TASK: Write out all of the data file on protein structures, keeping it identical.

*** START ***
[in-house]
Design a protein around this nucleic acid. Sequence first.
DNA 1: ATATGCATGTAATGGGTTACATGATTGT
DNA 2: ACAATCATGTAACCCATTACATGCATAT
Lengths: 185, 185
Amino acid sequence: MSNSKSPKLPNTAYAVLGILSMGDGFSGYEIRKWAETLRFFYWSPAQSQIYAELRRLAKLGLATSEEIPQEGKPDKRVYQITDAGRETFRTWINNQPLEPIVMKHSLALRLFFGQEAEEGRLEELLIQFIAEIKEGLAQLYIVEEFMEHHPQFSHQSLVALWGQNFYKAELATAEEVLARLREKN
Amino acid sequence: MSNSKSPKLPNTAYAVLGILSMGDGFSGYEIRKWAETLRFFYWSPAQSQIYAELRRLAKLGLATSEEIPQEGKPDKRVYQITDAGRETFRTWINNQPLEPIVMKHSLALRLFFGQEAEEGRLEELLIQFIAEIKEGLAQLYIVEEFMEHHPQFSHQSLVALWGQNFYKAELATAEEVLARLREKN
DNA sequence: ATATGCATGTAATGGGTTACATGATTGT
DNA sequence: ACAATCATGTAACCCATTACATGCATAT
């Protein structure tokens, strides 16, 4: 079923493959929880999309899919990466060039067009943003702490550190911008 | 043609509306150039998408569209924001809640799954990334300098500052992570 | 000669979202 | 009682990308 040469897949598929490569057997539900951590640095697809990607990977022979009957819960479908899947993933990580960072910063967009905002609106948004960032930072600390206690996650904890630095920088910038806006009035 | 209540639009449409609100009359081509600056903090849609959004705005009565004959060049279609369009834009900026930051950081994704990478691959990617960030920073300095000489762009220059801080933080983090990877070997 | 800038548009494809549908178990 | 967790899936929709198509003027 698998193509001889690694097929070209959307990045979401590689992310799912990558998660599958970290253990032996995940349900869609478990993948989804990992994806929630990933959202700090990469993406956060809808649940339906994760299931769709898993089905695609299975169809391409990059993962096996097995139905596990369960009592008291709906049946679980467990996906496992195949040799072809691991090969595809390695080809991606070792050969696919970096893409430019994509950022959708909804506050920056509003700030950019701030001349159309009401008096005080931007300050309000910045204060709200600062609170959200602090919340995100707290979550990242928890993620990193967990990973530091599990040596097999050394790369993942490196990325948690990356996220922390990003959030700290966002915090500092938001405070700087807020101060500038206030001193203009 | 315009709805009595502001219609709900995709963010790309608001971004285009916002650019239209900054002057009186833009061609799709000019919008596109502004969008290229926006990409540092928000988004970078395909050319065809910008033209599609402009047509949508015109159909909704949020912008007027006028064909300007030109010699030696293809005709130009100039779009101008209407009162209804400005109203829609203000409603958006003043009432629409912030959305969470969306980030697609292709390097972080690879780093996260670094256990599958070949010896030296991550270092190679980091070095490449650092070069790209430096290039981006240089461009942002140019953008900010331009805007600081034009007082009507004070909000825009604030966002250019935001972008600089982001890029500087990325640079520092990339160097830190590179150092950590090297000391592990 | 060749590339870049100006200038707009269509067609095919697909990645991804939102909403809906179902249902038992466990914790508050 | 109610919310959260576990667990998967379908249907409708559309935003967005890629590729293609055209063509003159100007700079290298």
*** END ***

[in-house]
Design a protein around this nucleic acid. Sequence first.
DNA 1: ATATGCATGTAATGGGTTACATGATTGT
DNA 2: ACAATCATGTAACCCATTACATGCATAT
Lengths: 185, 185
Amino acid sequence: MSNSKSPKLPNTAYAVLGILSMGDGFSGYEIRKWAETLRFFYWSPAQSQIYAELRRLAKLGLATSEEIPQEGKPDKRVYQITDAGRETFRTWINNQPLEPIVMKHSLALRLFFGQEAEEGRLEELLIQFIAEIKEGLAQLYIVEEFMEHHPQFSHQSLVALWGQNFYKAELATAEEVLARLREKN
Amino acid sequence: MSNSKSPKLPNTAYAVLGILSMGDGFSGYEIRKWAETLRFFYWSPAQSQIYAELRRLAKLGLATSEEIPQEGKPDKRVYQITDAGRETFRTWINNQPLEPIVMKHSLALRLFFGQEAEEGRLEELLIQFIAEIKEGLAQLYIVEEFMEHHPQFSHQSLVALWGQNFYKAELATAEEVLARLREKN
DNA sequence: ATATGCATGTAATGGGTTACATGATTGT
DNA sequence: ACAATCATGTAACCCATTACATGCATAT
């Protein structure tokens, strides 16, 4: 079923493959929880999309899919990466060039067009943003702490550190911008 | 043609509306150039998408569209924001809640799954990334300098500052992570 | 000669979202 | 009682990308 040469897949598929490569057997539900951590640095697809990607990977022979009957819960479908899947993933990580960072910063967009905002609106948004960032930072600390206690996650904890630095920088910038806006009035 | 209540639009449409609100009359081509600056903090849609959004705005009565004959060049279609369009834009900026930051950081994704990478691959990617960030920073300095000489762009220059801080933080983090990877070997 | 800038548009494809549908178990 | 967790899936929709198509003027 698998193509001889690694097929070209959307990045979401590689992310799912990558998660599958970290253990032996995940349900869609478990993948989804990992994806929630990933959202700090990469993406956060809808649940339906994760299931769709898993089905695609299975169809391409990059993962096996097995139905596990369960009592008291709906049946679980467990996906496992195949040799072809691991090969595809390695080809991606070792050969696919970096893409430019994509950022959708909804506050920056509003700030950019701030001349159309009401008096005080931007300050309000910045204060709200600062609170959200602090919340995100707290979550990242928890993620990193967990990973530091599990040596097999050394790369993942490196990325948690990356996220922390990003959030700290966002915090500092938001405070700087807020101060500038206030001193203009 | 315009709805009595502001219609709900995709963010790309608001971004285009916002650019239209900054002057009186833009061609799709000019919008596109502004969008290229926006990409540092928000988004970078395909050319065809910008033209599609402009047509949508015109159909909704949020912008007027006028064909300007030109010699030696293809005709130009100039779009101008209407009162209804400005109203829609203000409603958006003043009432629409912030959305969470969306980030697609292709390097972080690879780093996260670094256990599958070949010896030296991550270092190679980091070095490449650092070069790209430096290039981006240089461009942002140019953008900010331009805007600081034009007082009507004070909000825009604030966002250019935001972008600089982001890029500087990325640079520092990339160097830190590179150092950590090297000391592990 | 060749590339870049100006200038707009269509067609095919697909990645991804939102909403809906179902249902038992466990914790508050 | 109610919310959260576990667990998967379908249907409708559309935003967005890629590729293609055209063509003159100007700079290298």